Central Vermont Looks to Form Fiber Optic District

2018-03-07 | Fiber Optic

Thirteen central Vermont towns will vote Tuesday on whether to form a communications district for fiber optic internet access.

Jeremy Hansen, Berlin Selectboard Vice Chair and Norwich University computer sciences assistant professor, pitched the idea to fellow Berlin residents at last year’s town meeting in response to concerns about the lack of high-speed internet options in Berlin. A year later, Hansen is bringing his concept for Central Vermont Internet to municipalities in the region.

“Larger internet service providers don’t seem particularly motivated to build-out into fairly sparse, rural areas of central Vermont,” Hansen said earlier this month.

On Town Meeting Day Tuesday, voters from Barre City, Barre Town, Berlin, Calais, East Montpelier, Marshfield, Middlesex, Montpelier, Northfield, Plainfield, Roxbury, Williamstown and Worcester will vote on the ballot measure.

Communications union districts were established in 2015 to allow towns or cities to group together to provide communications services to citizens. The district model has been used for decades by water and sewer districts across Vermont. Communications union districts are not owned by individual member towns and cannot receive taxpayer funds.

Hansen based his proposal for Central Vermont Internet on ECFiber, a 24-member communications union district based in South Royalton that provides fiber optic internet services to towns across east central Vermont. Using metrics from ECFiber, Hansen calculated that Central Vermont Internet will cost $30,000 per linear mile, and will be feasible if six people per mile pay a monthly subscription rate starting at $66 per month, with a higher rate for higher speeds. ECFiber offers a tiered subscription service, ranging from a residential “basic internet subscription” of 17 Mbps for $66 per month to a “wicked internet service” of 700 Mbps for $149.

Hansen plans to rely on municipal bonds to fund the majority of the construction.

“We will hopefully be looking for businesses as anchor institutions and people who want to see this succeed, then we can go to the bond bank and show that we’ve been responsible,” Hansen said.

Hansen hopes Central Vermont Internet can eventually provide central Vermonters with access to “gigabyte speed” internet, meaning 1,000 Mbps in upload and download speed, made possible by fiber optic technology. Cable internet is the fastest form of internet currently available to central Vermonters, and Hansen claims in best case scenario, cable internet can provide those users with 100 Mbps in download speed and 10 Mbps in upload speed. Many internet users in remote areas of central Vermont only have access to DSL, which can provide up to 10 Mbps in download speed and 3 Mbps in upload speed.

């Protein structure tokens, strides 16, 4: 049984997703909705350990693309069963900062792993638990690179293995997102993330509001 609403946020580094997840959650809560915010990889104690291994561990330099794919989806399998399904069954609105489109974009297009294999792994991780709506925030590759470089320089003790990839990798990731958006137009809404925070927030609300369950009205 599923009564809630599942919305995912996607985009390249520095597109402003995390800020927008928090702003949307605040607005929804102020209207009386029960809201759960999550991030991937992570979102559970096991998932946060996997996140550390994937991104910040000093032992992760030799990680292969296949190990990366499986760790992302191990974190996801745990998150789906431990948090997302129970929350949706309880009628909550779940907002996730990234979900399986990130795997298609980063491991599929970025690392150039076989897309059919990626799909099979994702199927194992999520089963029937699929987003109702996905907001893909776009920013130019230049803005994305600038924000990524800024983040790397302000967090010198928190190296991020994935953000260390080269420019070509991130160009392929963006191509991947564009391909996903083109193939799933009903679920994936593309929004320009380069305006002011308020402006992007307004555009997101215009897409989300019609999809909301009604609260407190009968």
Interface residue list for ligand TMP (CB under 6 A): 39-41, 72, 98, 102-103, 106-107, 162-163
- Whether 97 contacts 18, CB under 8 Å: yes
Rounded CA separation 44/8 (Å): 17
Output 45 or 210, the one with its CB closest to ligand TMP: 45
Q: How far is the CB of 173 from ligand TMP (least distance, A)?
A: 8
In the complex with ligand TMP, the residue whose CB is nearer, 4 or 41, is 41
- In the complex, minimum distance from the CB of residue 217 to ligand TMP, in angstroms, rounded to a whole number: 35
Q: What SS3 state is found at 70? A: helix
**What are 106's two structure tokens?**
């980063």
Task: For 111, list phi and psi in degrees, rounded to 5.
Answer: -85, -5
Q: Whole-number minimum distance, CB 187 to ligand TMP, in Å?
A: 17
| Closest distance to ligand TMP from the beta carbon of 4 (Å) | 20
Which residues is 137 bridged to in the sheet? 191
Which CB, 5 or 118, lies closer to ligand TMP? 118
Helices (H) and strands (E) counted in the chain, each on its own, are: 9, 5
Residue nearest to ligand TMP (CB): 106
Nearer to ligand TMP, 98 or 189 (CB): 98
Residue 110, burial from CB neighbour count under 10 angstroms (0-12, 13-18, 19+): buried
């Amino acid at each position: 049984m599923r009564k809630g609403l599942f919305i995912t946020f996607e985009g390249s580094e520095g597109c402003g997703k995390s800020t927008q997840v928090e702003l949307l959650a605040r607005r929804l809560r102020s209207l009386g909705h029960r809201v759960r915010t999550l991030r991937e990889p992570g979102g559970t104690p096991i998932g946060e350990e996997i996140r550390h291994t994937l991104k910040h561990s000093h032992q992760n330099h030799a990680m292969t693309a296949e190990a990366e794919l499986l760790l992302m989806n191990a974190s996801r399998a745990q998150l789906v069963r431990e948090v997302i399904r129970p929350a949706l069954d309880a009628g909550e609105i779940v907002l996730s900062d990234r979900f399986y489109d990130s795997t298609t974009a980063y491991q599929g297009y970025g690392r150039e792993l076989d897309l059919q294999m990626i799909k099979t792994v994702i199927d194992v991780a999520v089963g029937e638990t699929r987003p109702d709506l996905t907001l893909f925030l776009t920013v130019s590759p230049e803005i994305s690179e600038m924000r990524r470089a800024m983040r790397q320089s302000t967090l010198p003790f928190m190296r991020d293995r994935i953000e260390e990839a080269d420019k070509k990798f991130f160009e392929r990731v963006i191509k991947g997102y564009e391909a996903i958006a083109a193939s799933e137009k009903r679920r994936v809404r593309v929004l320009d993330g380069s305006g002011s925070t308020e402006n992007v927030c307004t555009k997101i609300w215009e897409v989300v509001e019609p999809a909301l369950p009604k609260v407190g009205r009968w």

“Northfield residents I spoke with that have DSL told me that they paid for 8 Mbps, and were lucky if they got 1 Mbps,” said Hansen.

Hansen feels that providing access to “21st century internet speeds” will make central Vermont more appealing to young entrepreneurs and workers.

“One of the things that the governor has been talking about is attracting educated young professionals to Vermont to start their families and their careers,” Hansen said. “A co-worker of mine who has this beautiful house up on a hill in Northfield is having a hard time selling her house because people are asking how fast her internet speed is, and then they move on when they hear how slow internet access is.”

The Central Vermont Internet proposal follows in the wake of the FCC’s recent rollback of net neutrality provisions, which instigated concerns nationwide about private internet service providers limiting or blocking access to certain websites.

Carol Monroe of ECFiber said community networks “can keep Vermont net neutral.”

Monroe cited initial funding and access to utility poles as the major challenges facing communications union districts. Monroe said that ECFiber has experienced a significant lag between payment for the “make-ready” work on utility poles and the date when construction crews are allowed to begin installation of fiber optic cables on poles.

“It’s really tough when you’re funding your network, to have written a check out in January, and in December you’re still waiting on poles,” Monroe said.

Northfield Selectboard Chair Ken Goslant said he thinks central Vermont Internet is a “great concept,” but that there are unanswered questions about how it would be funded and operated.

“We have three internet providers in town (Northfield) providing access to our outlying areas. I’m a businessman, when I see you need 6 customers per mile at $66 each and this is self-sustaining, then why aren’t these other companies all over this already?” said Goslant.

Hansen says if the ballot initiative is approved, member towns will select representatives to the board of Central Vermont Internet by the end of April. Construction could start in 2020, though where central Vermont’s first fiber optic cables would be installed remains “a big question mark,” he said.